We feel capable of making decisions, of exercising our free will, and we hold everyone who is sane responsible for the choices they make. This is the basis for our society, our legal system, business and a lot more besides. At the same time, we know that God is a reality and that the reality of God includes knowledge of all things past, present and future. But, if God has already seen what will happen then it is foretold. If the results of our actions are foretold, if they are already determined, then we are not really acting with will at all. Our minds can get a little overheated when we try to put these two things together.
If this topic does not interest you – fear not. It does not bother God either. The divine presence has an assigned role for all of creation and we all do our part without regard to our state of consciousness. We are accepted and loved whether we are devoted or distracted. Curious or disinterested. To paraphrase Rumi: “God in his mercy accepts all coin.”
However, If these ideas trouble you, then you are not alone. It has bothered theologians and philosophers since the dawn of time. What follows is an exploration of a way these two apparently irreconcilable concepts can be brought together. A way of surrender of the personal will that creates an opening for the divine will to blossom in the human heart.. A way of entering into divine service that leads to true freedom of action.
To begin. Both points of view are true and both occur at the same time. There is the possibility of free will within God’s omniscient vision. What appears to be an irreconcilable dichotomy, even a Koan, is the result of misunderstanding about how things actually work and the true role the human being in God’s creation.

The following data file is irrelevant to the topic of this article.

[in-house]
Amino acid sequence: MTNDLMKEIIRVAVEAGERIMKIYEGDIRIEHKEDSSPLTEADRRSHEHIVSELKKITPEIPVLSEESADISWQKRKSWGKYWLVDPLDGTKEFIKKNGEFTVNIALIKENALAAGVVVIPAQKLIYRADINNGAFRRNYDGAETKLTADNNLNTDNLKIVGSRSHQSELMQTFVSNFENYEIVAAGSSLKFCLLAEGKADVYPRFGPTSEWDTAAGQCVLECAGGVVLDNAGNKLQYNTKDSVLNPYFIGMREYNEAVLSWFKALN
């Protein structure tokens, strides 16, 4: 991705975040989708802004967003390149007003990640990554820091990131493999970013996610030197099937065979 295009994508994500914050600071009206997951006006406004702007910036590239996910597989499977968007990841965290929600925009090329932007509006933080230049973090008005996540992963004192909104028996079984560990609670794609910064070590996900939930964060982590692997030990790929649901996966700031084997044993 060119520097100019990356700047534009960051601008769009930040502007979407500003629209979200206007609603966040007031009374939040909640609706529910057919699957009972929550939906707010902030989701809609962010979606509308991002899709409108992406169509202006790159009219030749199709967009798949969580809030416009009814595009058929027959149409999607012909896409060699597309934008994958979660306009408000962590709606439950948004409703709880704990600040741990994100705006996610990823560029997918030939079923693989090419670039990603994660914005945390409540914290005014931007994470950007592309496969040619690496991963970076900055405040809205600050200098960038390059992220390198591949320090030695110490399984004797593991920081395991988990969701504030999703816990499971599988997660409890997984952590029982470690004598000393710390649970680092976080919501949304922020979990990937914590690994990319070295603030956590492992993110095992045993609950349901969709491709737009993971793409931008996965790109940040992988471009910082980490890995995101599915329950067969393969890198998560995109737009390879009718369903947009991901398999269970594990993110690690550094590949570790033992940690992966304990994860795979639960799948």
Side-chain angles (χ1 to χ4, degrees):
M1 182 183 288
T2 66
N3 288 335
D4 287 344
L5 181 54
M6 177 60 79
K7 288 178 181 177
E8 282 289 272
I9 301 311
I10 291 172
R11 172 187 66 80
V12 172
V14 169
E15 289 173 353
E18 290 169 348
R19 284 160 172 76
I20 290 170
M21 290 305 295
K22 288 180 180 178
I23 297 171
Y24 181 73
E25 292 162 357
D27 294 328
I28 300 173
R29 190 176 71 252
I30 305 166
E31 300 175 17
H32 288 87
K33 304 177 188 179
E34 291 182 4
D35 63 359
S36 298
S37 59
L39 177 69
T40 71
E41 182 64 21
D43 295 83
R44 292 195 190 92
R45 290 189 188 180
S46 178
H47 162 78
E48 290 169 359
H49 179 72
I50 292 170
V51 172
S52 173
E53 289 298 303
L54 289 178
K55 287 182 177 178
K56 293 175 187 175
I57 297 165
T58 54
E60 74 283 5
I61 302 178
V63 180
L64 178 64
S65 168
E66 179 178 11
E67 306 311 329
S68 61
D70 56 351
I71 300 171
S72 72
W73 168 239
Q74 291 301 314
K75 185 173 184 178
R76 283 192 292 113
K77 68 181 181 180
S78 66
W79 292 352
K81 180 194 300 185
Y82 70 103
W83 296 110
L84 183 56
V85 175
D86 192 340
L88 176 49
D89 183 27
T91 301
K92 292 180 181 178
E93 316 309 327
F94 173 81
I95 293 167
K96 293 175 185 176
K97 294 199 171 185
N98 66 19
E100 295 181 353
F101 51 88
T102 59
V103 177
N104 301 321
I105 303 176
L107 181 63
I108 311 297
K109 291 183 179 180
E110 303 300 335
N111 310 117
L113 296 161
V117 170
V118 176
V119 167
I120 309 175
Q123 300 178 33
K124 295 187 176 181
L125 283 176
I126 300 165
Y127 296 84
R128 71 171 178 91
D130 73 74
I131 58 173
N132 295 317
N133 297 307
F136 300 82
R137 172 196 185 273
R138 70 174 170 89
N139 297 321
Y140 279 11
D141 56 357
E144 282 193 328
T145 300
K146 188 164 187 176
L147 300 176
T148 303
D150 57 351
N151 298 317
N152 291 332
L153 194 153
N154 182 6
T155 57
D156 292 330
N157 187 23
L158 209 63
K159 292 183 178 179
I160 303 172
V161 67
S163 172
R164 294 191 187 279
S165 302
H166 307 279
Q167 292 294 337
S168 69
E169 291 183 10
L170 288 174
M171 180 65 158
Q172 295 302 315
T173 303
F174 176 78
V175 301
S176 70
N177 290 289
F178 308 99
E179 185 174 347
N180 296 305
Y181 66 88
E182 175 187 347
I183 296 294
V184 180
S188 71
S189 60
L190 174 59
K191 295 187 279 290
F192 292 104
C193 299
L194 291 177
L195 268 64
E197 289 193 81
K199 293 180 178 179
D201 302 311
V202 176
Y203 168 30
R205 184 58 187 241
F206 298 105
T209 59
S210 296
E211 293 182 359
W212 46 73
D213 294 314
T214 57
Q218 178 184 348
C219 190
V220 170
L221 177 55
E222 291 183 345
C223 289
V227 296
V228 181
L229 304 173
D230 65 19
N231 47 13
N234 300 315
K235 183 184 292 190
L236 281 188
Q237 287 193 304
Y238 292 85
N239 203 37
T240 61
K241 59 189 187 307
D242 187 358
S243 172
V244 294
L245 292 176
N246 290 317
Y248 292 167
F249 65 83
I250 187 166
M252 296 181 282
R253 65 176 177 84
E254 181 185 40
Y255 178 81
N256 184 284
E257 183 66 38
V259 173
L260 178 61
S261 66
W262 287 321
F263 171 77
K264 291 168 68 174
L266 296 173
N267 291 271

If freedom is the capacity to take completely self directed action then God, the source of all being, is certainly free. Everything else was created by God and exists only within God’s ongoing sustenance. Nothing can act outside of God’s purview so, right off the mark, nothing else can have complete freedom of action. Said another way, the divine will is the only free will.
Our commonly held belief that we are free agents is unfortunately largely an illusion. We are in fact creatures of habit, circumstance and quirks of personality that have become so ingrained that we no longer realize the factors that determine our decision making. In other words, most of the time we operate under self imposed restrictions that we are unaware of. An extreme example would be the alcoholic who believes that they freely choose to drink to excess. The family gathers for an intervention because they see the factors driving the behavior where the addict does not. More commonly, we are all slaves of our own personalities which constantly murmur into our ears what is possible and what is not. This is perhaps easier to see in the peculiarities of others than as the limitations imposed on ourselves. Yet, even with this understood, we intuitively resist the notion that we are mere automatons. There must be more. What is the role of the human creation in the divine play?